Feature: Into the Woods, on stage and screen

emily blunt

Benevolent fairy godmother that she is, Hollywood has been eager to sprinkle movie magic all over Stephen Sondheim’s fairy-tale mash-up musical Into the Woods for a while now. At various times, the likes of Robin Williams, Martin Short, Steve Martin, Neil Patrick Harris, Cher, Carrie Fisher, Kyle MacLachlan, Elijah Wood, Danny DeVito, Julia-Louis Dreyfus and Janeane Garofalo have been attached to possible movie projects.

Now, at last, moviegoers can look on as a lavishly costumed mostly-star cast – including a bewigged Meryl Streep and a bewhiskered Johnny Depp – traipse around a spooky greenhouse, accompanied by a 72-piece orchestra, in a production with all the Technicolor slickness of a Disney-themed Annie Leibovitz celebrity photo shoot.

But if you happen to prefer the thought of an Into the Woods that is equal to the ingenuity, the subversiveness and spirit of the source material – Sondheim’s cruciverbally witty lyrics and elegant melodies, the impressive narrative architecture of James Lapine’s book – you’re better off venturing into the theatre than the cinema.

Classical theater troupe Fiasco Theater is currently staging a radically stripped down interpretation of Into the Woods at Roundabout’s Laura Pels Theatre in New York. It turned out not to have been that much of a departure for a company more accustomed to tackling Shakespeare.

“When we decided to do a musical, Into the Woods immediately came to the fore,” says co-director Noah Brody. “It’s very Shakespearean in its scope, in its physical elements, in its storytelling dynamism – it feels like a big Shakespearean play. And as soon as we started working on it we realised it was the right fit for us.”

Fellow co-director Ben Steinfeld agrees: “In some ways it was an experiment we wanted to run, to see what would happen if we brought our ensemble approach to building a Shakespeare play to making a musical. I think our perspective on our musical is different than a lot of other people’s starting point.”

Next to the Disney treatment, Fiasco’s approach has the appearance of running on the whiff of an oily rag. Flapping pages of sheet music double as Cinderella’s birds, Rapunzel’s tower is a stepladder, Little Red’s wolf is Brody wielding a taxidermic head, and the booming voice of the Giant comes out of a megaphone. Jack’s cow – always and infamously dodgy in community theatre productions – is played by an actor wearing a cowbell.

There’s a lo-fi, DIY spirit to the music too. Most of the score is performed on a sole upright and onstage piano, with the actors occasionally contributing parts on instruments scattered around the stage. When an actor performs the Princes’ Fanfare on a solo trumpet, the squeakiness is perfectly appropriate for a Prince Charming (Brody, again) buoyed by hot air. All this on a set made up to resemble something out of Antiques Roadshow.

The whole approach of course contrasts considerably with the spectacular literalness of the Disney version (which neither Brody nor Steinfeld have seen – that would be tantamount to visiting a nursery while in the middle of delivering your own baby). But Fiasco also set themselves apart from a lot of theatre out there, especially of the musical variety, which asks nothing more of its audience than to sit back and passively take it all in.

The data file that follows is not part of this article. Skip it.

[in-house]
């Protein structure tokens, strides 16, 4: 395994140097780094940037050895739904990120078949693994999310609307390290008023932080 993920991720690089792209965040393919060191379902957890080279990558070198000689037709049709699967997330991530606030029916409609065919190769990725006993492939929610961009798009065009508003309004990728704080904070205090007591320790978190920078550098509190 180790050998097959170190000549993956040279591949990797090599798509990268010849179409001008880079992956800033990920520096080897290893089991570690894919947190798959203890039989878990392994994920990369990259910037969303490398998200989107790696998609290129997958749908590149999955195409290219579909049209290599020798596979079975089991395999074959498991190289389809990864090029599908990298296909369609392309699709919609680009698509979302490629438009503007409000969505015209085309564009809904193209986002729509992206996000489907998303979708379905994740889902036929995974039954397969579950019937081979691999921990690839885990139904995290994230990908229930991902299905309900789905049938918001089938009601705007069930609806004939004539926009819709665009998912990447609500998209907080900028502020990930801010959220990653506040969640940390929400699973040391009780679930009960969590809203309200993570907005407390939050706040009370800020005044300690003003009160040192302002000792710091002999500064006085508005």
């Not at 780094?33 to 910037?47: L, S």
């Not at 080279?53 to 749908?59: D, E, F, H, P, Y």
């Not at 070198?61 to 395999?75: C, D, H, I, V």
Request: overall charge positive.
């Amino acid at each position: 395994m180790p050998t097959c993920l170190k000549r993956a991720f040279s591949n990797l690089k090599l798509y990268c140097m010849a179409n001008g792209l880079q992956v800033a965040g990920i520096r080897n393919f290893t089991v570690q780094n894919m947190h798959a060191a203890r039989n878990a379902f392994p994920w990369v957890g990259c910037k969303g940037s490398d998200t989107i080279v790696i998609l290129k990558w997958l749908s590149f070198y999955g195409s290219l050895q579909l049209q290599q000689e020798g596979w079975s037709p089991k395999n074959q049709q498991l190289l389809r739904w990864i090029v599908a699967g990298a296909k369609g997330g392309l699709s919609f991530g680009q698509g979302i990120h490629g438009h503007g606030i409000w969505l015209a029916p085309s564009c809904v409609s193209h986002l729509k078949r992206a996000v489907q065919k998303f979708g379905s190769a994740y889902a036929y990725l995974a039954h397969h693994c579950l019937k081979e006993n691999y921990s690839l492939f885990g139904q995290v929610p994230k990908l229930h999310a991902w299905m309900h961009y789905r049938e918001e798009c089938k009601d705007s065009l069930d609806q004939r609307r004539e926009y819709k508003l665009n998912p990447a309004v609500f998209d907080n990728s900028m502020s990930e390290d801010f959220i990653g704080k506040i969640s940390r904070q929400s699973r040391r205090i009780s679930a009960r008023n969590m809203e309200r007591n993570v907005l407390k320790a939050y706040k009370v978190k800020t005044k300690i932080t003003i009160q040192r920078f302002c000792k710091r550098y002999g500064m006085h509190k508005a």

“We want to break down some of the expectations and tropes of what going to the theatre means,” he says, “where the audience sits in the dark and the actors are up on the stage and in the light and we all pretend we can’t see each other. The idea of spectacle in theatre has grown and isolated the audience from the production more and more. It sends the message that, not unlike a movie, you can disengage your imagination because we’re going to do it all for you.

“We’re trying to go 180 degrees in the other direction. We’re going to provide what you need, but only what you need to meet us halfway, and your imagination will do the rest of the work. And we will be experiencing this all together in this room as a community. We want to reinforce the idea that the play is happening within these four walls, that we’re all breathing the same air, that we see each other, that we hear each other.”

The result is a different and altogether deeper sort of intimacy, clearly, than the kind achieved with a super-duper close-up of Emily Blunt’s porcelain features.

And Sondheim is right behind it.

“He seems to understand what we’re trying to do,” Steinfeld says. “It speaks to his artistic openness and creativity that, after all this time and after all his achievements, he’s still interested in how an audience might experience something anew and how it might be made afresh.”

Ultimately, it’s obvious that whatever particular freshness Fiasco brings to their Into the Woods, it’s at the service of Sondheim and Lapine’s creation – which some would say shines through more brightly in this mode than ever. Kinda makes you wonder why anyone ever wished for a movie version in the first place.

“We do it to let the audience experience what these guys have put together, which is ingenious on so many levels,” Steinfeld says. “Whatever choices we’ve made are about highlighting the material itself.”

This interview originally appeared in the Guardian in January 2015.

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